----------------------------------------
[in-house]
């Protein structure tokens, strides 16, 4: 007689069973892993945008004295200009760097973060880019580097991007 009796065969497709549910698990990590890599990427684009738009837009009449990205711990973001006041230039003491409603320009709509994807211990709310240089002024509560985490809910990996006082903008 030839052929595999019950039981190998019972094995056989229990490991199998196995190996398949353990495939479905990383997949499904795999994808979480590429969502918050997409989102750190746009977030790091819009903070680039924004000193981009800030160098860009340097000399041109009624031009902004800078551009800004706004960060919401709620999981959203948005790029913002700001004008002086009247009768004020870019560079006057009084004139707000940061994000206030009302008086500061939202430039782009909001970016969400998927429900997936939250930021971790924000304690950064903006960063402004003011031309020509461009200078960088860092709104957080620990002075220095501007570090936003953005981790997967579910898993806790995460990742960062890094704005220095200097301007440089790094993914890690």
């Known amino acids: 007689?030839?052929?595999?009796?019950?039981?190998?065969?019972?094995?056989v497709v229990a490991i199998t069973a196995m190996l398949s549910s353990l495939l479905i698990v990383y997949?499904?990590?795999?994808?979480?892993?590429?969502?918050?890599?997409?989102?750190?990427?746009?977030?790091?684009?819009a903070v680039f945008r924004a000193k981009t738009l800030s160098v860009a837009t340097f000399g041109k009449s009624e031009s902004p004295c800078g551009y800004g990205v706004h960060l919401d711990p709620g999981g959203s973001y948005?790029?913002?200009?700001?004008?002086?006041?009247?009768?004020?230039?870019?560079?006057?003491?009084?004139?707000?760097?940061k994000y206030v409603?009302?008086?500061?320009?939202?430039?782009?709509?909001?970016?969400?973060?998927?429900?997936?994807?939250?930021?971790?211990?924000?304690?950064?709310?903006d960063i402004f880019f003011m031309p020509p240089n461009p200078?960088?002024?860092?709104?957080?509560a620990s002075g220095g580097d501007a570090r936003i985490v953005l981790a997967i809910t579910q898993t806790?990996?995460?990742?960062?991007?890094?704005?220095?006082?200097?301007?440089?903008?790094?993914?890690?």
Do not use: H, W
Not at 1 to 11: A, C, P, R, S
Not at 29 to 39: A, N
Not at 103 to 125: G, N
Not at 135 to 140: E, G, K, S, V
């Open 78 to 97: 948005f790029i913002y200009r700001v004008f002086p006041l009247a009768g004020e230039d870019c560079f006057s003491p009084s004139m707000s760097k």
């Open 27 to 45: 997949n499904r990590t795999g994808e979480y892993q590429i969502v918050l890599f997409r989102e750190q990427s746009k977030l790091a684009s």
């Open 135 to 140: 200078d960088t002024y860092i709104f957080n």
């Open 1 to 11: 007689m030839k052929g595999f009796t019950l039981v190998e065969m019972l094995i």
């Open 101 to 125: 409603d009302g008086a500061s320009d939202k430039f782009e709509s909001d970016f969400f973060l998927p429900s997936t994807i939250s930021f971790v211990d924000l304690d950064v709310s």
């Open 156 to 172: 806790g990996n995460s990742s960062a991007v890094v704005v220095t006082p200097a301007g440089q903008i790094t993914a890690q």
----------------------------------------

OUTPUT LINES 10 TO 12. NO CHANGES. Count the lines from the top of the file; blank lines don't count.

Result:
């Open 27 to 45: 997949n499904r990590t795999g994808e979480y892993q590429i969502v918050l890599f997409r989102e750190q990427s746009k977030l790091a684009s």
């Open 135 to 140: 200078d960088t002024y860092i709104f957080n």
């Open 1 to 11: 007689m030839k052929g595999f009796t019950l039981v190998e065969m019972l094995i």